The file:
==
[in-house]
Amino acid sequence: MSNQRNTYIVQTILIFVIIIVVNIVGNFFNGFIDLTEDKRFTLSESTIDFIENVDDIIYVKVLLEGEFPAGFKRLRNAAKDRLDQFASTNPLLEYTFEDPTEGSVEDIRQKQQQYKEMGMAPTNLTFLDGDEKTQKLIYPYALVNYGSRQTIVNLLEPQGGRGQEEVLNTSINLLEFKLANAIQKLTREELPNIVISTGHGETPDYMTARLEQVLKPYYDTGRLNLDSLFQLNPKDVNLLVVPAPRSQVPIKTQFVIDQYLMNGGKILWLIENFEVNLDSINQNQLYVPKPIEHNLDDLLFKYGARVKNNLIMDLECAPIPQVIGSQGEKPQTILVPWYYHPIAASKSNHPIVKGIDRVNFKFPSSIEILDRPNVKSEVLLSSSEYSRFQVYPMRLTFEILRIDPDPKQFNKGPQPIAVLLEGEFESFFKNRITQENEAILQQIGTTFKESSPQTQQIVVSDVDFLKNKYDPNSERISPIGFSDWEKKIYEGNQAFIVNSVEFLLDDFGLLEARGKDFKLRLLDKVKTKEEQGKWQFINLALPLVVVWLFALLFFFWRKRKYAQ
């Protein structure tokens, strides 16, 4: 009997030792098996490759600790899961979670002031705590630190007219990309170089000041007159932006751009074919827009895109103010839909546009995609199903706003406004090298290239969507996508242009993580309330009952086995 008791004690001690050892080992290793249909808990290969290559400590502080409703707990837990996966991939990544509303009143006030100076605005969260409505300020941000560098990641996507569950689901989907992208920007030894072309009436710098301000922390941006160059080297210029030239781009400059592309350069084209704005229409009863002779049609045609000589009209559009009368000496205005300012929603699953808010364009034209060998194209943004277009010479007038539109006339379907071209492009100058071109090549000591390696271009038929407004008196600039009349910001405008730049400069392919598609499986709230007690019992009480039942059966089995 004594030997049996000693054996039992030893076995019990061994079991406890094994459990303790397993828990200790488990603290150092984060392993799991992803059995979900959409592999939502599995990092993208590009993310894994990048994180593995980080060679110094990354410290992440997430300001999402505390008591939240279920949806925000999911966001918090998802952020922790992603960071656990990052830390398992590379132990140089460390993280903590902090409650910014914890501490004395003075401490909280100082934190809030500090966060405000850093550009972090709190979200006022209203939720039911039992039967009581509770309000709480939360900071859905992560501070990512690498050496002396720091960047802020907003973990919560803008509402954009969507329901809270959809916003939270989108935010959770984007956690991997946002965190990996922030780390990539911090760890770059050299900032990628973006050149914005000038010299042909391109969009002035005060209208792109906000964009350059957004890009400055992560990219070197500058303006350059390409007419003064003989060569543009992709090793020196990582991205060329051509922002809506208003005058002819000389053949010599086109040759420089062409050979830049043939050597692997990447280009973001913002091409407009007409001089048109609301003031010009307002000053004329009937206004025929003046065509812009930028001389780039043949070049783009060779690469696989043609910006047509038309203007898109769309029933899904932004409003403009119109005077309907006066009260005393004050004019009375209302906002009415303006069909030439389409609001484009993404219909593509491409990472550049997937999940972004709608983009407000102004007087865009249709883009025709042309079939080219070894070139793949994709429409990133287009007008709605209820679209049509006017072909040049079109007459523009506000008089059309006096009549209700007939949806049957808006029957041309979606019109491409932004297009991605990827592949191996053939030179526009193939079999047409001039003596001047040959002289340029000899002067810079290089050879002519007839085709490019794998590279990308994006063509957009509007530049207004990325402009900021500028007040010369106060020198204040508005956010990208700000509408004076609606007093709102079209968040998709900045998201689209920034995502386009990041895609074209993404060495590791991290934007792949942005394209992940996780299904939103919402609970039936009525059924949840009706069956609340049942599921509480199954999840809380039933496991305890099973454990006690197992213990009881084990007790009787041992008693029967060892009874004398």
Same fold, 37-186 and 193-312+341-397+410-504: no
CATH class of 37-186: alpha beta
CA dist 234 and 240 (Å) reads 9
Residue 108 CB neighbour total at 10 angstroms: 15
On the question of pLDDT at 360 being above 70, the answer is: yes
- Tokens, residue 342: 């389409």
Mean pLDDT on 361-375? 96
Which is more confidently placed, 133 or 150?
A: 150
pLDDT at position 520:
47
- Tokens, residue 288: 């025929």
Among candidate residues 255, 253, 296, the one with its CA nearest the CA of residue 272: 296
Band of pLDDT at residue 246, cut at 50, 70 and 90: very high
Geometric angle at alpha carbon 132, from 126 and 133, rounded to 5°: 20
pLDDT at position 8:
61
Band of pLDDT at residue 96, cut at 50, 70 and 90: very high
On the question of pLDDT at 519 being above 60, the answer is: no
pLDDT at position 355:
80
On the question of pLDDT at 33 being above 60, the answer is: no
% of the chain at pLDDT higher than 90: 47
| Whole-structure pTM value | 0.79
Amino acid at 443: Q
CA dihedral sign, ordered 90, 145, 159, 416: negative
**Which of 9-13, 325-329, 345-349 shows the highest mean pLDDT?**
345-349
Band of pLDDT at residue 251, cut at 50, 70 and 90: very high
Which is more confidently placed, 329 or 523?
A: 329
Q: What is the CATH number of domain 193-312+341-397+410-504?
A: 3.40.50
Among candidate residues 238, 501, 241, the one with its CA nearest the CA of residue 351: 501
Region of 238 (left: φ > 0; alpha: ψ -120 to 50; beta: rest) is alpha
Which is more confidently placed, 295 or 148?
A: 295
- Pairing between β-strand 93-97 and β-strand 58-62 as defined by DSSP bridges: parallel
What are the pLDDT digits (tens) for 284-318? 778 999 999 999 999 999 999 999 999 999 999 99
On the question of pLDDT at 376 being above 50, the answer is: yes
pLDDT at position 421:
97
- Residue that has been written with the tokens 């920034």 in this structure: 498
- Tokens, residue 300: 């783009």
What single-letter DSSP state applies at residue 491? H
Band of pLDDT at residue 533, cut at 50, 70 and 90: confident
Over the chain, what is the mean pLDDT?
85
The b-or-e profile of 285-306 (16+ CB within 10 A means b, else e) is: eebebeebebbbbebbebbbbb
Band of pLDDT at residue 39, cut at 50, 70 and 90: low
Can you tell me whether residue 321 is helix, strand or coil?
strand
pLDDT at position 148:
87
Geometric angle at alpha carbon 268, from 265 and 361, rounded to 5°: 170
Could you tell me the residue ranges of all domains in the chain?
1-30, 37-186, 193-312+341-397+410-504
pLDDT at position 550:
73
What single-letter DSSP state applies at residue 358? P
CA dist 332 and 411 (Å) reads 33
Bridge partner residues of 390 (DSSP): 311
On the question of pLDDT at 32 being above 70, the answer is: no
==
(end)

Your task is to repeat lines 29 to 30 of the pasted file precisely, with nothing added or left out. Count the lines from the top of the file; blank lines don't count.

CA dihedral sign, ordered 90, 145, 159, 416: negative
**Which of 9-13, 325-329, 345-349 shows the highest mean pLDDT?**